Conference review: making money in diverse economies

Academics, government officials and top players and practitioners in the field of alternative currencies gathered at the 2nd International Conference on Complementary Currency Systems in The Hague on 19-23 June to exchange views and best practices on monetary innovations.


Interview with Bernard Lietaer – Economist, author and professor

What is a complementary currency?

A complementary currency is defined as an agreement between people to use another instrument than conventional money as a medium of exchange. This agreement can take on different forms and vary substantially in kind. People can agree to use an hour of time as a unit of account to exchange services ranging from piano lessons to babysitting. In a local exchange trading network (LETS) users agree on a unit of account related to but not exchangeable with conventional currencies and turn excess capacity such as unused chairs in a restaurant into productive assets. Another type of agreement allows users to actually exchange euros for RES, a fictitious name for a unit of account, which can be used to trade electronically within the RES network. Yet another model uses nothing that is exchanged but functions as a recording system of sales and purchases. In the case of the Cyclos system, conventional money is conditioned to reach the desired effects. In this case a long-term savings account can also be considered as a kind of complementary currency.

To bring some order into this chaos it is helpful to look closely at the basic mechanics behind the idea of a complementary currency, which is based on a mutual credit clearing system and zero sum accounting. Zero sum accounting is a method whereby the positive and negative balances of trading partners always amount to zero. Peter trades a TV-set for 300 units with Anna. Anna has a credit of 300 on her account and Peter a 300 debit on his. The total sum of debit and credit amounts to zero. A mutual credit clearing system is an arrangement by which a group of traders agree to allocate one another sufficient credit to facilitate transactions between each other. In such a system, the total amount of credit outstanding at any point in time can be thought of as the money supply within the system. In such a system goods and services pay for other goods and services and the money supply always matches the goods and services traded within the system.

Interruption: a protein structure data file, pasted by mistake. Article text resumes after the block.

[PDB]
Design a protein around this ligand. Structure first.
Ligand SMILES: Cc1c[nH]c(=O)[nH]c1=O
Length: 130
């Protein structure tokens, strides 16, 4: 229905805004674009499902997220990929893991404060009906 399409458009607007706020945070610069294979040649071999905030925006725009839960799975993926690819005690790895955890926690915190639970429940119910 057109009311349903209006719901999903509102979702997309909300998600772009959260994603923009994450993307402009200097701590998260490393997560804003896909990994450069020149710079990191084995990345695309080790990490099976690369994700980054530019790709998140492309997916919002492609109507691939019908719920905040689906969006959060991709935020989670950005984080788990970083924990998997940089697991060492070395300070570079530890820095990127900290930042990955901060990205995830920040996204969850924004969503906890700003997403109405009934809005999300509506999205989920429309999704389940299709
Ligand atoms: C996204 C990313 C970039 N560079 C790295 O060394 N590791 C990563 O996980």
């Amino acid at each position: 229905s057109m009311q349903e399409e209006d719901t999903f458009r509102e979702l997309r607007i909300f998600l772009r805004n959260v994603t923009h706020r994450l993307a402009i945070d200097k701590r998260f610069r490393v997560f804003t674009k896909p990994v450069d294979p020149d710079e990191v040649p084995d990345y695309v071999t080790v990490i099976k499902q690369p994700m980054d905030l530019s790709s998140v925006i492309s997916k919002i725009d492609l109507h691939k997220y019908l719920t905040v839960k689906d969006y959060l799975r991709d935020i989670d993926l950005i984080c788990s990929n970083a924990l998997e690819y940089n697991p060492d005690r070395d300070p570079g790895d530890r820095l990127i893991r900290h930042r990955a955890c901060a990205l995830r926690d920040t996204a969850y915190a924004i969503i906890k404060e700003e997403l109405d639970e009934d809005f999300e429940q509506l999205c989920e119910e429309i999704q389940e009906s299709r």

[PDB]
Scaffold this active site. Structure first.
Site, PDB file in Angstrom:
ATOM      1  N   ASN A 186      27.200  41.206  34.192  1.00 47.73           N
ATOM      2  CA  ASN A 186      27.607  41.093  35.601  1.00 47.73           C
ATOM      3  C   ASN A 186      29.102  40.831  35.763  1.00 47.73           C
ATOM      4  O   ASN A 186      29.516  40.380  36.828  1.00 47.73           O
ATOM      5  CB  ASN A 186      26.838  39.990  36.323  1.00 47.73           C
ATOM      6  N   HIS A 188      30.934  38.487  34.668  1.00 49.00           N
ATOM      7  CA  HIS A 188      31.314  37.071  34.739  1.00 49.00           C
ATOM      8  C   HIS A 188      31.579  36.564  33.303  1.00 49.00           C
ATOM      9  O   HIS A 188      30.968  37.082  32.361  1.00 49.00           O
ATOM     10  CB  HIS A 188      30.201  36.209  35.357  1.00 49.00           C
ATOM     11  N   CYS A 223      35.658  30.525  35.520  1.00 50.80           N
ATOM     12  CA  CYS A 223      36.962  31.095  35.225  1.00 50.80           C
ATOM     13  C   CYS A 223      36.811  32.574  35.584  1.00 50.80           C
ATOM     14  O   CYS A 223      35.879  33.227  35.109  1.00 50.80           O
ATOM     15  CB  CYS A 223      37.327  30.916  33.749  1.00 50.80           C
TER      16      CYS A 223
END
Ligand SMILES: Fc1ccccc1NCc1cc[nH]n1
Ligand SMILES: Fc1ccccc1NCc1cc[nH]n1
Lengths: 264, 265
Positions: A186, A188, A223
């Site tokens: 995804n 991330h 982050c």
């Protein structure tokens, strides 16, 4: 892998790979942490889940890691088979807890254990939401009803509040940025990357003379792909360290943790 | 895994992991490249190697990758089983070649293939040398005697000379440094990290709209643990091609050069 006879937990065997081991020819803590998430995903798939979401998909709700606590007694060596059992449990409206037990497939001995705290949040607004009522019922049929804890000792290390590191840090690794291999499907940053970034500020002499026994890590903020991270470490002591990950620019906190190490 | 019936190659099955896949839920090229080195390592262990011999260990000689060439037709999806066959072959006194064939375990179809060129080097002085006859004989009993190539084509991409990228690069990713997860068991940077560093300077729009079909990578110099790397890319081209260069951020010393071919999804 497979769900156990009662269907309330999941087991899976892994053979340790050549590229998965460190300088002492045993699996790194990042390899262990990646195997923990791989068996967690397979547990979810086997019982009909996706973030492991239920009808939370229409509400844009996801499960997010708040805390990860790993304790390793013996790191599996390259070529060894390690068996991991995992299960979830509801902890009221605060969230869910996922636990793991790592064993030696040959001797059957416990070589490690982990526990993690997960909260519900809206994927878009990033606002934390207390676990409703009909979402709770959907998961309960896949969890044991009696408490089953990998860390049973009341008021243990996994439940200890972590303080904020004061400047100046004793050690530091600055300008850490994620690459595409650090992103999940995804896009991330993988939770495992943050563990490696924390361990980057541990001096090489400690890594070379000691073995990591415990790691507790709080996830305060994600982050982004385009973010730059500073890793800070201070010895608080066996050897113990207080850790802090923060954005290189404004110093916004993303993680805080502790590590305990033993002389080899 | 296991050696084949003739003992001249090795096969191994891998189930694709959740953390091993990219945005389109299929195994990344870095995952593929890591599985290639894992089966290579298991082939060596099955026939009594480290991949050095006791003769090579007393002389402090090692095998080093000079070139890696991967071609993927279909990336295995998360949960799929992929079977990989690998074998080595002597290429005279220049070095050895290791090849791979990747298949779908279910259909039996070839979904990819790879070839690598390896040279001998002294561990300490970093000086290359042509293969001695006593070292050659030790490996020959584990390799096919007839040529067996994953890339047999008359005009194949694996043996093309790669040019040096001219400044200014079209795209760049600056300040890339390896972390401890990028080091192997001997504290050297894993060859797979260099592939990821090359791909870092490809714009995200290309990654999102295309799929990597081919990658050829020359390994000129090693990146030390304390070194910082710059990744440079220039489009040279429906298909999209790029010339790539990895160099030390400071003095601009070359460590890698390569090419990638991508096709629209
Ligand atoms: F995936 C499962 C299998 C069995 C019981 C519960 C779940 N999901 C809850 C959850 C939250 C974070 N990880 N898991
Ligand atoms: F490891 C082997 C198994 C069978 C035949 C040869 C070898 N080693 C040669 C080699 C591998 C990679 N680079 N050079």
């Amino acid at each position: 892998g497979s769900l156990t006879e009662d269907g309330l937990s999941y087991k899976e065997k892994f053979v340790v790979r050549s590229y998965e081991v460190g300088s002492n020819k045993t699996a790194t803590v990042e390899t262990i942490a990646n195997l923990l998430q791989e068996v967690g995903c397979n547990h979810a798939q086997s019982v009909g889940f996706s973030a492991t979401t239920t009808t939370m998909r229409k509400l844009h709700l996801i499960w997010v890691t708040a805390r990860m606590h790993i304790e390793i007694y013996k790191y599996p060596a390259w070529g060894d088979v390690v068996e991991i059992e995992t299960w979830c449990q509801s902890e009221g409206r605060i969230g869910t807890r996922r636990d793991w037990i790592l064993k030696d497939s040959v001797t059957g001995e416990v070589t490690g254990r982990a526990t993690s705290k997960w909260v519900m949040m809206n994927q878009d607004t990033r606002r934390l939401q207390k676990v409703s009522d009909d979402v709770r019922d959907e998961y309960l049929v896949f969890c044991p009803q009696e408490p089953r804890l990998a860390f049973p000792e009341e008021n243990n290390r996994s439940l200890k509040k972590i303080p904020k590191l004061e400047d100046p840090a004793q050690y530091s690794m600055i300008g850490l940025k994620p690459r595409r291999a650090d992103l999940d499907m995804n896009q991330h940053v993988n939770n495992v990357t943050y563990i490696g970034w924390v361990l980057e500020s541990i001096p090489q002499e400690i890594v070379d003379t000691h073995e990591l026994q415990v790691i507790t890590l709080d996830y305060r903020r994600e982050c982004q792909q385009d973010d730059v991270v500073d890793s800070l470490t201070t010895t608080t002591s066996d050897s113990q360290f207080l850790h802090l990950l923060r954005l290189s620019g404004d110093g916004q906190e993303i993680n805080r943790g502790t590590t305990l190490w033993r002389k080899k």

Thomas Greco Jr. – Writer, consultant and networker

Conventional money and complementary currencies

For those of you to whom this sounds too esoteric think a moment about the way conventional money is created. Conventional money is created today by the process of banks making loans. When Peter applies for a mortgage to buy a house the bank makes two entries in its books. The mortgage note is entered as an asset and it is matched by an equal entry on the liability side. On the liability side the bank creates a deposit in Peter’s account out of nothing (fiat lux) as it were. Now Peter can buy a house but owes the money to the bank. Interest on the loan ensures that Peter owes more money than the bank created in the first place. The situation is the same for every bank loan ever made. As long as banks can continue to make additional loans to create additional money Peter can service his loan. But there will never be enough money in circulation for everybody to pay for what they owe. Because of the interest rate charged in the money creation process economic growth is inevitable.